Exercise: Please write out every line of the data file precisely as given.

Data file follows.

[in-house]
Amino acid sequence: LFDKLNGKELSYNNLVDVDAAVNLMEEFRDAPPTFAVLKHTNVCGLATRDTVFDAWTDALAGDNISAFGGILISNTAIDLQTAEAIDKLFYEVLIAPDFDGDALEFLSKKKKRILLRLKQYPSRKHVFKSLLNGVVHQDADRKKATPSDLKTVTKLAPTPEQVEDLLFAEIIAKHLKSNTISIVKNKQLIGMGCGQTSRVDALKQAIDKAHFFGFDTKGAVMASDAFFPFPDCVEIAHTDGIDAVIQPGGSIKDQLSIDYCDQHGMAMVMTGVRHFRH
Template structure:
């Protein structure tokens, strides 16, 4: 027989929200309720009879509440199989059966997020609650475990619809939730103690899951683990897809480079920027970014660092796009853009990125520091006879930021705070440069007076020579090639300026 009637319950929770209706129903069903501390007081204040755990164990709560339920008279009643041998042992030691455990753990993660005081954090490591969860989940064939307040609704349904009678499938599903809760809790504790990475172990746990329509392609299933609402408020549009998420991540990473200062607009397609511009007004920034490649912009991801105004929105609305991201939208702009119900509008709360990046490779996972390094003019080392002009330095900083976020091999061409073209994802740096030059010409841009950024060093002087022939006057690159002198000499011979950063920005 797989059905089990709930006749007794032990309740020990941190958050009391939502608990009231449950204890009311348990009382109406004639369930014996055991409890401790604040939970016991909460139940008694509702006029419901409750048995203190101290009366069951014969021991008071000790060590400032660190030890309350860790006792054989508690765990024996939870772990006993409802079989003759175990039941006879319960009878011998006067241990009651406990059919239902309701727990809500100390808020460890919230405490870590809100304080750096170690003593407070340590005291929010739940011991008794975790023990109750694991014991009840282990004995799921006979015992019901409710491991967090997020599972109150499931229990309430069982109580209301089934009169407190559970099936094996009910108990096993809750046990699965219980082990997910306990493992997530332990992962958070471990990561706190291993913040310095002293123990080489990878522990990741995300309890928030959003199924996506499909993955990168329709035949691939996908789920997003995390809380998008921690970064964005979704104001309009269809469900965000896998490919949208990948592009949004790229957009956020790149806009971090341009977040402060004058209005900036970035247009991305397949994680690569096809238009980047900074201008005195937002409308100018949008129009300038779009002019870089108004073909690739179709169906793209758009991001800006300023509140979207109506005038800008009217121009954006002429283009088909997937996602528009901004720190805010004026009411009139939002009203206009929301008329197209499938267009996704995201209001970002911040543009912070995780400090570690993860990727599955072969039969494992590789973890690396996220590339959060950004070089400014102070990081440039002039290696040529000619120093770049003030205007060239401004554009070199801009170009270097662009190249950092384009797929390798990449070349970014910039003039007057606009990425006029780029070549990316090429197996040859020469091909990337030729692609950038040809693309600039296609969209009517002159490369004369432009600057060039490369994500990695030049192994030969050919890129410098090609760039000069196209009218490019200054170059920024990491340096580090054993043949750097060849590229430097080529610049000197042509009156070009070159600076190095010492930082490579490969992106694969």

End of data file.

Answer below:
[in-house]
Amino acid sequence: LFDKLNGKELSYNNLVDVDAAVNLMEEFRDAPPTFAVLKHTNVCGLATRDTVFDAWTDALAGDNISAFGGILISNTAIDLQTAEAIDKLFYEVLIAPDFDGDALEFLSKKKKRILLRLKQYPSRKHVFKSLLNGVVHQDADRKKATPSDLKTVTKLAPTPEQVEDLLFAEIIAKHLKSNTISIVKNKQLIGMGCGQTSRVDALKQAIDKAHFFGFDTKGAVMASDAFFPFPDCVEIAHTDGIDAVIQPGGSIKDQLSIDYCDQHGMAMVMTGVRHFRH
Template structure:
């Protein structure tokens, strides 16, 4: 027989929200309720009879509440199989059966997020609650475990619809939730103690899951683990897809480079920027970014660092796009853009990125520091006879930021705070440069007076020579090639300026 009637319950929770209706129903069903501390007081204040755990164990709560339920008279009643041998042992030691455990753990993660005081954090490591969860989940064939307040609704349904009678499938599903809760809790504790990475172990746990329509392609299933609402408020549009998420991540990473200062607009397609511009007004920034490649912009991801105004929105609305991201939208702009119900509008709360990046490779996972390094003019080392002009330095900083976020091999061409073209994802740096030059010409841009950024060093002087022939006057690159002198000499011979950063920005 797989059905089990709930006749007794032990309740020990941190958050009391939502608990009231449950204890009311348990009382109406004639369930014996055991409890401790604040939970016991909460139940008694509702006029419901409750048995203190101290009366069951014969021991008071000790060590400032660190030890309350860790006792054989508690765990024996939870772990006993409802079989003759175990039941006879319960009878011998006067241990009651406990059919239902309701727990809500100390808020460890919230405490870590809100304080750096170690003593407070340590005291929010739940011991008794975790023990109750694991014991009840282990004995799921006979015992019901409710491991967090997020599972109150499931229990309430069982109580209301089934009169407190559970099936094996009910108990096993809750046990699965219980082990997910306990493992997530332990992962958070471990990561706190291993913040310095002293123990080489990878522990990741995300309890928030959003199924996506499909993955990168329709035949691939996908789920997003995390809380998008921690970064964005979704104001309009269809469900965000896998490919949208990948592009949004790229957009956020790149806009971090341009977040402060004058209005900036970035247009991305397949994680690569096809238009980047900074201008005195937002409308100018949008129009300038779009002019870089108004073909690739179709169906793209758009991001800006300023509140979207109506005038800008009217121009954006002429283009088909997937996602528009901004720190805010004026009411009139939002009203206009929301008329197209499938267009996704995201209001970002911040543009912070995780400090570690993860990727599955072969039969494992590789973890690396996220590339959060950004070089400014102070990081440039002039290696040529000619120093770049003030205007060239401004554009070199801009170009270097662009190249950092384009797929390798990449070349970014910039003039007057606009990425006029780029070549990316090429197996040859020469091909990337030729692609950038040809693309600039296609969209009517002159490369004369432009600057060039490369994500990695030049192994030969050919890129410098090609760039000069196209009218490019200054170059920024990491340096580090054993043949750097060849590229430097080529610049000197042509009156070009070159600076190095010492930082490579490969992106694969």